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Welcome to Shut Up About Your Perfect Kid

Therapy and sanity for ordinary parents of special kids.

Five Small Steps for Imperfect Womankind

The little things. If there’s one important thing I’ve learned during my vast experience parenting two special needs daughters and a special needs dog (he has eye contact and bilateral motor integration issues), it’s to celebrate them.  I’m not just talking about the little accomplishments of my children — the late adolescent shoe tyings, the days without calls from the school, or even those rare occasions when they remember to put toilet paper on the roll. I’m talking about the little accomplishmentsachieve as their highly imperfect mother. You see with two special children, two careers, and two serious Reality TV show addictions, my life can get very hectic and well…imperfect.  As a result, some of the things that come so easily to other women — cleaning, grooming, breathing — are not always so easy for me.  But in the spirit of embracing my imperfection and what little sanity I have left, I’ve decided not to dwell on the things I don’t do so well, but to celebrate the rare things I do do well.  So, at the risk of you telling me to Shut Up About My Perfect Little Things, I’ve decided to share five of my proudest accomplishments this past week.

Drumroll please…

1)   I wore real pants three times last week. Now before you go around visualizing  me pantless, (I wouldn’t wish that on anyone), I must remind you that we are a G-rated blog.  What I mean is that I actual wore real pants. For those unfamiliar with this phenomenon, real pants are those that come with zippers, buttons, and pockets as opposed to elastic waistbands. As a writer who works out of my home, it had been some time since I had to wear real pants. Thankfully, zippering is like riding a bicycle; you never forget how to do it. And given the difficulty I had with my zippers, I was also reminded me that I probably needed to spend more time on a bicycle.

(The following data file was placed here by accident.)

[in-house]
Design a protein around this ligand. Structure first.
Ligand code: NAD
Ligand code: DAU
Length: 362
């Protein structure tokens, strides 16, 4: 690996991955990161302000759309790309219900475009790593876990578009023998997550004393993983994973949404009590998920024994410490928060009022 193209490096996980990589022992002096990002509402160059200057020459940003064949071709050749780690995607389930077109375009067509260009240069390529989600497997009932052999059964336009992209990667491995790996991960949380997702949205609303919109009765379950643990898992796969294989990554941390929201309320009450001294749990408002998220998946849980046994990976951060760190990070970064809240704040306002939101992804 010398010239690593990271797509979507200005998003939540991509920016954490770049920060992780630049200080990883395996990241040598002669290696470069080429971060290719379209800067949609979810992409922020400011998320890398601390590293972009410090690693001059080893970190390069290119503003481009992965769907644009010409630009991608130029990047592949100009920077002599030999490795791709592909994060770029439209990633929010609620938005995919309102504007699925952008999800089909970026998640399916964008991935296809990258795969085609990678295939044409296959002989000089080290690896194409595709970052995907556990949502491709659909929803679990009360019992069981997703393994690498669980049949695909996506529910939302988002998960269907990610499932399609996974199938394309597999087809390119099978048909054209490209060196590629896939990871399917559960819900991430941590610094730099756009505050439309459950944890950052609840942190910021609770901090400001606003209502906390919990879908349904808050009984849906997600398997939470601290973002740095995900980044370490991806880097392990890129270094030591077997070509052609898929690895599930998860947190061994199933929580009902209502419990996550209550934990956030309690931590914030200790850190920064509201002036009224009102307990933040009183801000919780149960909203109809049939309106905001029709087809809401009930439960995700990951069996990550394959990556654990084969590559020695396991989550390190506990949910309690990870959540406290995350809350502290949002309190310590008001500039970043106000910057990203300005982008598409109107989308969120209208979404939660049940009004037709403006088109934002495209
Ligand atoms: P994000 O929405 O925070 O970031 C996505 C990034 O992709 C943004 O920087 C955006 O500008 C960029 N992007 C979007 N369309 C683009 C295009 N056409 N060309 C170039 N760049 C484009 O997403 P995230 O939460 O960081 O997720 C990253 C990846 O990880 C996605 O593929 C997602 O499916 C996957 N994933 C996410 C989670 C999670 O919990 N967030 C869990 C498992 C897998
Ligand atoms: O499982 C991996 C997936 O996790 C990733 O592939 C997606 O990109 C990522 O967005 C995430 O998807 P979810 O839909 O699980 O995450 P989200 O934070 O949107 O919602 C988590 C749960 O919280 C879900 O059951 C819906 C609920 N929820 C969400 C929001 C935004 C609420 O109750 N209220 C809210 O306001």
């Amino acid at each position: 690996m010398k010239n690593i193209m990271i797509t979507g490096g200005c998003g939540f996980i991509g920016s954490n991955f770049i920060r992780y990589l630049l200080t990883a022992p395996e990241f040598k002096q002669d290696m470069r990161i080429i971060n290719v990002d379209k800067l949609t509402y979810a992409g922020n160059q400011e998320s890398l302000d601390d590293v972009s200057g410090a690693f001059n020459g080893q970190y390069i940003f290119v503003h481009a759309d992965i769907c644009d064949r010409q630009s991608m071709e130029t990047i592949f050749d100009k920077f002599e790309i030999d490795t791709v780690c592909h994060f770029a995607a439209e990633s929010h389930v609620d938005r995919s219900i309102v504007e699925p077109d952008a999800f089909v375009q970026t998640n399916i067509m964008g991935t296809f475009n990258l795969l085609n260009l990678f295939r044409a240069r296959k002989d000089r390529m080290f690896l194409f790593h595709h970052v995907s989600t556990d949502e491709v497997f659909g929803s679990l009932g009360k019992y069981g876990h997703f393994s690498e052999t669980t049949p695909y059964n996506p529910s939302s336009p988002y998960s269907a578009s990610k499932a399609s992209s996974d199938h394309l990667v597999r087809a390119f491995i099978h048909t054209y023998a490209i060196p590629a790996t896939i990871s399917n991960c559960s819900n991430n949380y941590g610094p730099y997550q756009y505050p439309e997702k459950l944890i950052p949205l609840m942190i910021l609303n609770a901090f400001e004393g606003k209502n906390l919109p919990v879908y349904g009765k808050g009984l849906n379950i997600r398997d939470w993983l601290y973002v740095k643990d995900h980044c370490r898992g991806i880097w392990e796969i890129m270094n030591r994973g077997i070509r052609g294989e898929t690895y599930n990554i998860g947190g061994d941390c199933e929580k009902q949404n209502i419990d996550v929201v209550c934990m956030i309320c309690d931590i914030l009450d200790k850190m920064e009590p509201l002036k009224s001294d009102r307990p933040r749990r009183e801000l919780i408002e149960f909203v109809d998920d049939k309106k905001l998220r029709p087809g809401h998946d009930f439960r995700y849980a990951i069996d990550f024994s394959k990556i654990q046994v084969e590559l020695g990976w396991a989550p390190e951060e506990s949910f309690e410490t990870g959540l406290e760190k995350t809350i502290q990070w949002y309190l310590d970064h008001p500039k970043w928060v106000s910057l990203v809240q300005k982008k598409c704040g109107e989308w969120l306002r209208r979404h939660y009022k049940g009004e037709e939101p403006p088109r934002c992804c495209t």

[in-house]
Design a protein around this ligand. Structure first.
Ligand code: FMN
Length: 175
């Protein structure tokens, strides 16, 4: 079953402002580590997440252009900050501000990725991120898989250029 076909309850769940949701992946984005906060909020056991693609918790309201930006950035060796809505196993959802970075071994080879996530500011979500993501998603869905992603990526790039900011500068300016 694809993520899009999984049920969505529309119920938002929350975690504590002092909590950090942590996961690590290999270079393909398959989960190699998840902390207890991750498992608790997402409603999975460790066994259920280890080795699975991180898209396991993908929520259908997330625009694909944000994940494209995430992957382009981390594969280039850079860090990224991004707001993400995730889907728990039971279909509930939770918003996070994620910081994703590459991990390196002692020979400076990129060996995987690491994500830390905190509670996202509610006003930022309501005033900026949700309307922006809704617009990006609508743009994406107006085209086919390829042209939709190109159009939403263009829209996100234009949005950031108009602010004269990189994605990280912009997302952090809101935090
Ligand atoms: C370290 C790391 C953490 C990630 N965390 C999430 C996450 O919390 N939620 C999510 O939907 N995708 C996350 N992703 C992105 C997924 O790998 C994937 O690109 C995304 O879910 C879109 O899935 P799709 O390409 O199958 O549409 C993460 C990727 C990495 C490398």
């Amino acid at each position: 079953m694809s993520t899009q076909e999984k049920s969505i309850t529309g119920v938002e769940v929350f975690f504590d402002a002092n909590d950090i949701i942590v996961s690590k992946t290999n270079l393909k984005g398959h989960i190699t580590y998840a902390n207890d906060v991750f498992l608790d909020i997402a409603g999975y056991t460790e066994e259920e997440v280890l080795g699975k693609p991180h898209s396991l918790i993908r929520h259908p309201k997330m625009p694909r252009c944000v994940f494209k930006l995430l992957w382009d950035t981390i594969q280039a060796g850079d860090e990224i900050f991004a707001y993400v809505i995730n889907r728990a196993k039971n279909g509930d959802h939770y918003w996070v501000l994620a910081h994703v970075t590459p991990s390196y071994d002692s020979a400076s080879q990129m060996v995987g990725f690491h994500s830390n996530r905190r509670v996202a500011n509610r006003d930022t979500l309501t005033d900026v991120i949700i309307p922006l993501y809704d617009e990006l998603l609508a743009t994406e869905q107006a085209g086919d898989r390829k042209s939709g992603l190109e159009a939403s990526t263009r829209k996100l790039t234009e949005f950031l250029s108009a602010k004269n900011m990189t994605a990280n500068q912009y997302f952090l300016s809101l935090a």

2)  I styled my hair. I’m not just talking shampoo and conditioner, I’m talking blow dryer and round brush. My husband noticed right away. “Gina, you look great. Did you do something different?”

“Yes, I brushed my hair.”

“Well, that look looks great on you. You should do it more often.”

3)   I had a real date. Before you get excited about salacious gossip, it was with my husband. (If you really know me, you’d know that I am far to distracted to carry on affairs. I’d mix up who I was supposed to meet and where). Now, I’m the first to admit with one daughter away at college and another with a busy social life, my husband and I now spend a lot of time alone.  While we have had a series of dates recently  — shoveling the driveway, shopping for toilets — this one was extra special. We actually went out for dinner and a movie. I must admit, when he requested that we sit in the back row, I was a bit nervous. 

“Mike, why are we sitting way back there? You don’t want to make out do you?”

“No, the sound isn’t as loud back there.”

4)   I remembered my daughter’s therapist appointment. For once, I didn’t need the therapist’s reminder system — the email, automated phone call, missed appointment bill,  or singing telegram.  Of course, it may have helped that I asked the 130,000+ members of our Facebook page to remind me. Thanks to all who participated.